Monthly Archives: October 2016

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Nativity and language preference as drivers of health information seeking: examining differences and trends from a U.S. population-based survey

By |October 26th, 2016|

Ethnicity & Health

Philip M. Massey, Brent A. Langellier, Tetine Sentell, and Jennifer Manganello*

ABSTRACT
Objective: To examine differences in health information seeking between U.S.-born and foreign-born populations in the U.S.

Design: Data from 2008 to 2014 from the Health Information National Trends Survey were used in this study (n = 15,249). Bivariate analyses, logistic regression, and predicted probabilities were used […]

The association between antidepressant use and hemoglobin A1C in older adults

By |October 26th, 2016|

Geriatric Nursing

Jamie Kammer, Akiko S. Hosler*, Emily Leckman-Westin, and A. Gregory DiRienzo*

ABSTRACT
Depression is known to increase diabetes risk and worsen glycemic control in older adults, who already experience high rates of diabetes. The independent impact of antidepressants on glucose control is less clear. Data was drawn from the Health and Retirement Study, a large nationally-representative […]

Searching for Silver Linings: Is Perceived Medical Discrimination Weaker in Segregated Areas?

By |October 26th, 2016|

Applied Spatial Analysis and Policy

Joseph Gibbons and Tse-Chuan Yang*

ABSTRACT
An ongoing obstacle in dealing with minority health disparities is discriminatory behavior from healthcare practitioners, also known as medical discrimination. It is not clear, however, if the effects of medical discriminations onto health are constant across space. For example, there is evidence to suspect minorities in racially […]

Behind the Myth of the Matriarch and the Flagbearer: How Korean and Chinese American Sons and Daughters Negotiate Gender, Family, and Emotions

By |October 26th, 2016|

Sociological Forum

Angie Y. Chung*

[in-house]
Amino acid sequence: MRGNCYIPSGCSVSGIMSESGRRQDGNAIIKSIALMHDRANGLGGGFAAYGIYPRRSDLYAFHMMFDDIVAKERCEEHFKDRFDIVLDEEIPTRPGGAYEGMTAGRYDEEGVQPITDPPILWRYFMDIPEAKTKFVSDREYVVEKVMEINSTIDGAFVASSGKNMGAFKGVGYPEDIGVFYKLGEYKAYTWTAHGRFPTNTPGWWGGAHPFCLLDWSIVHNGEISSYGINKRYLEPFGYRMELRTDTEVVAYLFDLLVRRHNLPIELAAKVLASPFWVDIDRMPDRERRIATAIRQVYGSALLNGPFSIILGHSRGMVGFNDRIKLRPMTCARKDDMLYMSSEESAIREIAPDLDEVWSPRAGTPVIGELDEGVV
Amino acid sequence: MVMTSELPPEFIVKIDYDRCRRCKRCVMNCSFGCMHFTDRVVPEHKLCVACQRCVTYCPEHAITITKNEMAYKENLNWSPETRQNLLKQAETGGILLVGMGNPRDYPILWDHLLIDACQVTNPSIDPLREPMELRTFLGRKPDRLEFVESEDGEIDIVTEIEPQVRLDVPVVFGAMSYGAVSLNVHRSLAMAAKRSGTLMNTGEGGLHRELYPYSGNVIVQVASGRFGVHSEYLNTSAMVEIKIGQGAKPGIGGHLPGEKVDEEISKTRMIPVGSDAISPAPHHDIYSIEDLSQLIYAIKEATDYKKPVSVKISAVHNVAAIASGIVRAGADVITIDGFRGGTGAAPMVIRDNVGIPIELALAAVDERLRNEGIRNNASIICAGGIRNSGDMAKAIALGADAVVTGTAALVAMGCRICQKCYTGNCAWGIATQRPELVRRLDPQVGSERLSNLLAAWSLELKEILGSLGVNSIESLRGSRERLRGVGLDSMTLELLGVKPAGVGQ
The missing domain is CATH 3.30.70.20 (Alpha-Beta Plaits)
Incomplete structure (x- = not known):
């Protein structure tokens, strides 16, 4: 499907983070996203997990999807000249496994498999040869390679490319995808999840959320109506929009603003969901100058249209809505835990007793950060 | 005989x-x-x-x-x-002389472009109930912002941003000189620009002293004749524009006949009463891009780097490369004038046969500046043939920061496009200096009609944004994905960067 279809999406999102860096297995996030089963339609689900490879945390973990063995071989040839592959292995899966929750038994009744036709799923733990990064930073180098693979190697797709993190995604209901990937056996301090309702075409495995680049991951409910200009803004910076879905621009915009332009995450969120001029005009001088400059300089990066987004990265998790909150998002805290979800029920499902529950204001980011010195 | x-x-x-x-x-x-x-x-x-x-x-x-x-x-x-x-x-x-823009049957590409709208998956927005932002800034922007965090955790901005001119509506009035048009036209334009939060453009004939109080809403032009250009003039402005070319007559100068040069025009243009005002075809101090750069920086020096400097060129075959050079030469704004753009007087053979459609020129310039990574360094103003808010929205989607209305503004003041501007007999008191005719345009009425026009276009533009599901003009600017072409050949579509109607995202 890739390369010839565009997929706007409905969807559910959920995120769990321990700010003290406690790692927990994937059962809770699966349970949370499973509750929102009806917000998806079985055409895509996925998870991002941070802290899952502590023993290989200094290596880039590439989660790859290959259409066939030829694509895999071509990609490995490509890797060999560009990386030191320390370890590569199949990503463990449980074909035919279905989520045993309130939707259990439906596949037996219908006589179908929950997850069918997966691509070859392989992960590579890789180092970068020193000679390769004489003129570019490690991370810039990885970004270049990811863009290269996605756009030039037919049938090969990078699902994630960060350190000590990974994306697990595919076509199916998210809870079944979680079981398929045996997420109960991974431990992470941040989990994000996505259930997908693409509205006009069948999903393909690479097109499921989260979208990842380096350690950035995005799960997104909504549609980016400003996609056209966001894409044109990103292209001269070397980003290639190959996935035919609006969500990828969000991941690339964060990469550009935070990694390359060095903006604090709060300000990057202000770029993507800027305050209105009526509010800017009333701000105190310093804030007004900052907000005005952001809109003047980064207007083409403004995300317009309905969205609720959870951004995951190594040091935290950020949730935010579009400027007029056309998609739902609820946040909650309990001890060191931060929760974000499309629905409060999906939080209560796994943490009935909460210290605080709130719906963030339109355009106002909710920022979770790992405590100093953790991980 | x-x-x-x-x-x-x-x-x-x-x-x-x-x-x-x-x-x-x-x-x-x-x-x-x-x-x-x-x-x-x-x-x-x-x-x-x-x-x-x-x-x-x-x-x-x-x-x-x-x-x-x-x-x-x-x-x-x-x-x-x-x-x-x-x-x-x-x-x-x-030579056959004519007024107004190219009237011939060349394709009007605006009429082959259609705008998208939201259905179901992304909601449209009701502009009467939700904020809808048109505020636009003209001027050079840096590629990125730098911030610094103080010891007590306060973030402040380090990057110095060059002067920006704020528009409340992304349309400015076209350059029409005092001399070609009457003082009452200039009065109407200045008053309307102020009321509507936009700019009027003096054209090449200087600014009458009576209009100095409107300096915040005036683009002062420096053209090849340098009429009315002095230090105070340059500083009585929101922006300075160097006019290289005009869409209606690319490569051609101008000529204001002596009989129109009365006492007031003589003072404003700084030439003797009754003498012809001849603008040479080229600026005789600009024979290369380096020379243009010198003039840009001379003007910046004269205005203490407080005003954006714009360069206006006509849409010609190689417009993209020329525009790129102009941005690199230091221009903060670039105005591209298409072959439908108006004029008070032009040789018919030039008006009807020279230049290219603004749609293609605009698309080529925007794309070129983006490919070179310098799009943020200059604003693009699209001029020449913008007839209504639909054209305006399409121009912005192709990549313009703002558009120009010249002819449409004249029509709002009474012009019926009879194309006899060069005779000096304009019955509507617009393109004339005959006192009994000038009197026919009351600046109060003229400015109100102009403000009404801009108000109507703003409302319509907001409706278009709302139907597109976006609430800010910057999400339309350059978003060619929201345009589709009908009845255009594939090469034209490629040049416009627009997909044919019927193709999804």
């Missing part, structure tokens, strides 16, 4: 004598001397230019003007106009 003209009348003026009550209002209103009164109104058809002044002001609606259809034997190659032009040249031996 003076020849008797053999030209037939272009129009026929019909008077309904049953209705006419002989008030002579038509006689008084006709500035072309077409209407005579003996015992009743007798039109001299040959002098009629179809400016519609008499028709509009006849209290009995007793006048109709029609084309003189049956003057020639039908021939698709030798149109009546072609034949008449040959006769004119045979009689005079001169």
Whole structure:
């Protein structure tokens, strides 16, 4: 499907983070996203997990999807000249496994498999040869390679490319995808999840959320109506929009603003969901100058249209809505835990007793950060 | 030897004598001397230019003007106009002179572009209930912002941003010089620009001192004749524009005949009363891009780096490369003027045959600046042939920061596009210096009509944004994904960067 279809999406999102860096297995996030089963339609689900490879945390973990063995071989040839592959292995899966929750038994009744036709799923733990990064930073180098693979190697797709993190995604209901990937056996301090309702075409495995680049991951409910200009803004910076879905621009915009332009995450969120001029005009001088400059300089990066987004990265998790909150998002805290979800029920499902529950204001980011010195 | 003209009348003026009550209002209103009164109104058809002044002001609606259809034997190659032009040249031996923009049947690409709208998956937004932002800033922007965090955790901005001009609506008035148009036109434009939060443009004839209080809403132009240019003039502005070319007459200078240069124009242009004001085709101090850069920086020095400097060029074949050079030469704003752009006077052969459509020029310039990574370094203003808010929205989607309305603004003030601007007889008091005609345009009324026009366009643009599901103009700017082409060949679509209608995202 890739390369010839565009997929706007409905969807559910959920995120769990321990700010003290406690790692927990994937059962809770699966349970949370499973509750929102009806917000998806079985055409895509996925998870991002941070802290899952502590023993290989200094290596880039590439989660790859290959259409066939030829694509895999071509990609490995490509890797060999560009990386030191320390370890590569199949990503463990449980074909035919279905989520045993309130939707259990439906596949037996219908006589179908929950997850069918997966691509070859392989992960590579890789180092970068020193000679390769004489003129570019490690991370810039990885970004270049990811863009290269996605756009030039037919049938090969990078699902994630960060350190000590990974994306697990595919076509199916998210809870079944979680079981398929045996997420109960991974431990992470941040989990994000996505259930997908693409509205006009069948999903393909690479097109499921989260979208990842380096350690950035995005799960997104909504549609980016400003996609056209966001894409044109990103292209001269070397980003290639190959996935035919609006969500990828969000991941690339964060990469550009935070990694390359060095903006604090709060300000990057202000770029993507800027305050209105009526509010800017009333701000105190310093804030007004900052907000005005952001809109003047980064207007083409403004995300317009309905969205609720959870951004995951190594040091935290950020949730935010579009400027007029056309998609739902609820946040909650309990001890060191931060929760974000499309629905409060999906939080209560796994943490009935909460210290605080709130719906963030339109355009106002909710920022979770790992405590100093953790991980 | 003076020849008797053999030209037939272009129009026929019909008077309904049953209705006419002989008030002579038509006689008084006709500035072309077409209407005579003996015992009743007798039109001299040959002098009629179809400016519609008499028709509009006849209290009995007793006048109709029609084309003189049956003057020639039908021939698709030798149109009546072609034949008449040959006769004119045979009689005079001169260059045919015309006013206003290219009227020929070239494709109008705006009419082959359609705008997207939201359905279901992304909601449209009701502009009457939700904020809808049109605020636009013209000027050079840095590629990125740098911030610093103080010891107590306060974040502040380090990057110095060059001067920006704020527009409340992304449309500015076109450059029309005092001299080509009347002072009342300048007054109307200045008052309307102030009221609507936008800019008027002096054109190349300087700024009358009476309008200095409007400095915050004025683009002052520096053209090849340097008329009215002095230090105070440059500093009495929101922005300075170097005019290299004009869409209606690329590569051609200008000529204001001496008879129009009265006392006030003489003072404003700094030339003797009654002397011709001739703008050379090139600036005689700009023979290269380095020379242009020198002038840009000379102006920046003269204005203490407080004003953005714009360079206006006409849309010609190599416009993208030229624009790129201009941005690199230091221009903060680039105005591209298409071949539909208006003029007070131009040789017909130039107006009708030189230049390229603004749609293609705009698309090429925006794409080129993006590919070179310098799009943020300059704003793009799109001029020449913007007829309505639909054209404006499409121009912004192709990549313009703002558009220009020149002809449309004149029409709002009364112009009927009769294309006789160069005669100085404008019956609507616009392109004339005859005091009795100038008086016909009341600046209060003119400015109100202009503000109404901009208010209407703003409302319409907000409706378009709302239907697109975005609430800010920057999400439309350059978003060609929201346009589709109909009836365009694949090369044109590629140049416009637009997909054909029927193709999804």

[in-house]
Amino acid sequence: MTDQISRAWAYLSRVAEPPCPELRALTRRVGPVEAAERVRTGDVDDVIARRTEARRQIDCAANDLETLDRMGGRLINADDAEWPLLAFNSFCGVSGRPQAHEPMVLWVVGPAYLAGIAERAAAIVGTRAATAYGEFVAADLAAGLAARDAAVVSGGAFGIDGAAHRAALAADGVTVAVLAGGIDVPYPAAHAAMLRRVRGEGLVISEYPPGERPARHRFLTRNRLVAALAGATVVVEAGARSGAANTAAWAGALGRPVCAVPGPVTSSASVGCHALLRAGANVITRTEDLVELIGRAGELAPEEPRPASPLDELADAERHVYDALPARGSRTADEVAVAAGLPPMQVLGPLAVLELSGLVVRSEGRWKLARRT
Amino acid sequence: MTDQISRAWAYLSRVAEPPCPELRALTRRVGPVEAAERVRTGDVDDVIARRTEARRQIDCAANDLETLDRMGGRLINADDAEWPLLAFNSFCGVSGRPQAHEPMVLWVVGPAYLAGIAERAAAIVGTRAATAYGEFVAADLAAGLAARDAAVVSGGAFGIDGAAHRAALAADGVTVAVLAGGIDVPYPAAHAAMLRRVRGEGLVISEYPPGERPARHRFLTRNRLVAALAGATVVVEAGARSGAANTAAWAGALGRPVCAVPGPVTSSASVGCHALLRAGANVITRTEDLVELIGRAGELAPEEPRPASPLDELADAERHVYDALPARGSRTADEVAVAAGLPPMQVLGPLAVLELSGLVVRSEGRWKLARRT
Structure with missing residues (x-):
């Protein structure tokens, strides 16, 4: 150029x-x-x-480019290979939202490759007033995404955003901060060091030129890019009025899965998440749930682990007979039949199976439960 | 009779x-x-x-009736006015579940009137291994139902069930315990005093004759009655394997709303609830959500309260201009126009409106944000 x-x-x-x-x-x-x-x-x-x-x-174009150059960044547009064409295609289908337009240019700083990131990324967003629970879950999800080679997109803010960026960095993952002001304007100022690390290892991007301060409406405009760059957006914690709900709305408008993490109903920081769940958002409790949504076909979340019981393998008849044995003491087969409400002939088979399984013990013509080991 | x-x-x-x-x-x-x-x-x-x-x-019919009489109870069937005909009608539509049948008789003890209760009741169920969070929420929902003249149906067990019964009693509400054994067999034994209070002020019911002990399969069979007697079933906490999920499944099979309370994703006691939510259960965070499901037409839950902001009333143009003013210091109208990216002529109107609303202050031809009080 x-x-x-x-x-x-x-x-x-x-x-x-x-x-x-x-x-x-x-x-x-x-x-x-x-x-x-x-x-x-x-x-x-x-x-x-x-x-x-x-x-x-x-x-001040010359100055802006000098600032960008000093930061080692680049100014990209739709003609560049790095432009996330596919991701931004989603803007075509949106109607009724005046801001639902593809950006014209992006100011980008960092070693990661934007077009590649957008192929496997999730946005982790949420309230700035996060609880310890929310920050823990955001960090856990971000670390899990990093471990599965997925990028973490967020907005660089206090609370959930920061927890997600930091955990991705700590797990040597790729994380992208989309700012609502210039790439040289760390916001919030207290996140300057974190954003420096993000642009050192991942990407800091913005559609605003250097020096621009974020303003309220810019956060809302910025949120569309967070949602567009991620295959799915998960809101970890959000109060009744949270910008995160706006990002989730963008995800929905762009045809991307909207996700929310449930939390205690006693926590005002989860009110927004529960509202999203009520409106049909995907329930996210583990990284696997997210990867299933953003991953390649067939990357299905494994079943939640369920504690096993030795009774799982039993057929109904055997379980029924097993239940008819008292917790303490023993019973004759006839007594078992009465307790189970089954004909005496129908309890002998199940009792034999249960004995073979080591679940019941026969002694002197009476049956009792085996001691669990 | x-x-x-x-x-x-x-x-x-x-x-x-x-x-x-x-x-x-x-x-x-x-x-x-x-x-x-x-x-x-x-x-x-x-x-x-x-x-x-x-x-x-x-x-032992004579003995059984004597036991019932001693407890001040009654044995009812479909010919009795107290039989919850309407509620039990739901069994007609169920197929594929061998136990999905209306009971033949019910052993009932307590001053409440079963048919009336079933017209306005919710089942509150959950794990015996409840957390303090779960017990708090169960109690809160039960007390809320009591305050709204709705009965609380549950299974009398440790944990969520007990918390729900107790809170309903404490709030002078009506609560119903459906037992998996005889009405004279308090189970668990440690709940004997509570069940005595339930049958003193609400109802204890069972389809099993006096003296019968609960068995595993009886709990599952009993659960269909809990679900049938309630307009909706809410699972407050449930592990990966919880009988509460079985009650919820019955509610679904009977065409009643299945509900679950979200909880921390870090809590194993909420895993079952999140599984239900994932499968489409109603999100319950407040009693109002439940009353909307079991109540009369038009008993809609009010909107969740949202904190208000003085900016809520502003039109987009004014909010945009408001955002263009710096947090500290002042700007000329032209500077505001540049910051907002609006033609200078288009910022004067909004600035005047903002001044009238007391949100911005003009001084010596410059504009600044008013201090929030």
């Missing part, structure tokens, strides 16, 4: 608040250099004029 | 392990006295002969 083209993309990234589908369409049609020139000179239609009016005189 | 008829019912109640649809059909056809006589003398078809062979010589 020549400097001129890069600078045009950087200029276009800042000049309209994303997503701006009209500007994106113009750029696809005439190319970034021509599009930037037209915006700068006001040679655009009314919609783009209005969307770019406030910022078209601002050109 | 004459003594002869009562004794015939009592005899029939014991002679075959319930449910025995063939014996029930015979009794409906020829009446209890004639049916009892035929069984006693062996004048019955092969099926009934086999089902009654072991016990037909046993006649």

ABSTRACT
While more studies are exploring the ways in which gender structures the family experiences of American-born children of immigrants, there is less attention to how gender shapes later views on ethnicity and culture. Based on interviews with Korean, Chinese, and Taiwanese Americans in the New York–New Jersey metropolitan area, this article examines […]

Institutional imbalance, integration into Non-economic institutions, and a marketized mentality in Europe: A multilevel, partial elaboration of Institutional Anomie Theory

By |October 26th, 2016|

International Journal of Comparative Sociology 57(4)

Andreas Hövermann, Eva M Groß, and Steven F Messner*

ABSTRACT
This research builds upon prior efforts to transport insights from a macro-sociological theory of crime – Institutional Anomie Theory (IAT) – to enhance understanding of an important individual-level phenomenon in advanced capitalist societies – a ‘marketized mentality’. Such a mentality entails a […]

The impact of accession to the European Union on suicide rates: A cross-national time-series analysis

By |October 26th, 2016|

International Journal of Comparative Sociology 57(4)

Sylwia J Piatkowska, Lawrence E Raffalovich*, and Steven F Messner*

ABSTRACT
Building upon prior research, this study examines the effects of European Union (EU) accession on suicide rates in the Eastern European countries that joined the EU in 2004 and 2007 using pooled cross-sectional time-series data that cover approximately 20 years (1990–2011). Results […]

Consuming Gangnam Style: Nation-branding in Koreatown, New York and Los Angeles

By |October 14th, 2016|

CUNY FORUM

Angie Y. Chung*, Jinwon Kim, and Injeong Hwang

Intro.
A Tale of Two Koreatowns: NY/LA
DESPITE COMING OUT OF ONE OF THE WORST GLOBAL RECESSIONS since the Great Depression, Asian enclaves linked to the Pacific Rim economy are experiencing unprecedented growth and contribut-ing to the rapid revival of downtown areas in U.S. global cities. Much of the […]

Examining Change in Adolescent Street Efficacy and Its Association With Violent Outcomes

By |October 12th, 2016|

Violence and Victims

Gregory M. Zimmerman and Steven F. Messner*

ABSTRACT
Research suggests that street efficacy—the perceived ability to avoid dangerous situations in one’s neighborhood—is related to violent outcomes. We investigated change in street efficacy using data from the Project on Human Development in Chicago Neighborhoods. Measures of street efficacy and violence (offending, victimization, secondary exposure) were constructed […]